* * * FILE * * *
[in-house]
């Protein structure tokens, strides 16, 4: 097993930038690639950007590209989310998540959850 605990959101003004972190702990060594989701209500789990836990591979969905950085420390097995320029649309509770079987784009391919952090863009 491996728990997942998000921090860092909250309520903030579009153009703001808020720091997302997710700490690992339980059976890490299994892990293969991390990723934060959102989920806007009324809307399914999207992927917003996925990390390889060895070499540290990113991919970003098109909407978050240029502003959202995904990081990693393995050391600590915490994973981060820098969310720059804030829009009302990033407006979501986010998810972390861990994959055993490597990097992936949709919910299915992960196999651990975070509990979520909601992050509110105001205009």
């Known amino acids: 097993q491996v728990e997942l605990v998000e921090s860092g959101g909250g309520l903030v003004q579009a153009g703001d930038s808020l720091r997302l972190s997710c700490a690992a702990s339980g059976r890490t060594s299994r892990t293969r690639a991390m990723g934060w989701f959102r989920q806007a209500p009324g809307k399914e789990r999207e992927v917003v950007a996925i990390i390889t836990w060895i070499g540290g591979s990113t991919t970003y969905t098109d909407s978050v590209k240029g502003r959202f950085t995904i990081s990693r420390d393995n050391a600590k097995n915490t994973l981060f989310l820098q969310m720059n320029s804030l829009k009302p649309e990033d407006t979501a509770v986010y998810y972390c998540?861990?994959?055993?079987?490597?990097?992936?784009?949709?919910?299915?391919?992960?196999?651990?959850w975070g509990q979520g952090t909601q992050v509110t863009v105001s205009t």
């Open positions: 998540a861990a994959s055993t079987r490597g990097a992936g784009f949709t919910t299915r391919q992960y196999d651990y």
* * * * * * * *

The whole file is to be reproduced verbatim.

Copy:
[in-house]
């Protein structure tokens, strides 16, 4: 097993930038690639950007590209989310998540959850 605990959101003004972190702990060594989701209500789990836990591979969905950085420390097995320029649309509770079987784009391919952090863009 491996728990997942998000921090860092909250309520903030579009153009703001808020720091997302997710700490690992339980059976890490299994892990293969991390990723934060959102989920806007009324809307399914999207992927917003996925990390390889060895070499540290990113991919970003098109909407978050240029502003959202995904990081990693393995050391600590915490994973981060820098969310720059804030829009009302990033407006979501986010998810972390861990994959055993490597990097992936949709919910299915992960196999651990975070509990979520909601992050509110105001205009």
């Known amino acids: 097993q491996v728990e997942l605990v998000e921090s860092g959101g909250g309520l903030v003004q579009a153009g703001d930038s808020l720091r997302l972190s997710c700490a690992a702990s339980g059976r890490t060594s299994r892990t293969r690639a991390m990723g934060w989701f959102r989920q806007a209500p009324g809307k399914e789990r999207e992927v917003v950007a996925i990390i390889t836990w060895i070499g540290g591979s990113t991919t970003y969905t098109d909407s978050v590209k240029g502003r959202f950085t995904i990081s990693r420390d393995n050391a600590k097995n915490t994973l981060f989310l820098q969310m720059n320029s804030l829009k009302p649309e990033d407006t979501a509770v986010y998810y972390c998540?861990?994959?055993?079987?490597?990097?992936?784009?949709?919910?299915?391919?992960?196999?651990?959850w975070g509990q979520g952090t909601q992050v509110t863009v105001s205009t």
């Open positions: 998540a861990a994959s055993t079987r490597g990097a992936g784009f949709t919910t299915r391919q992960y196999d651990y």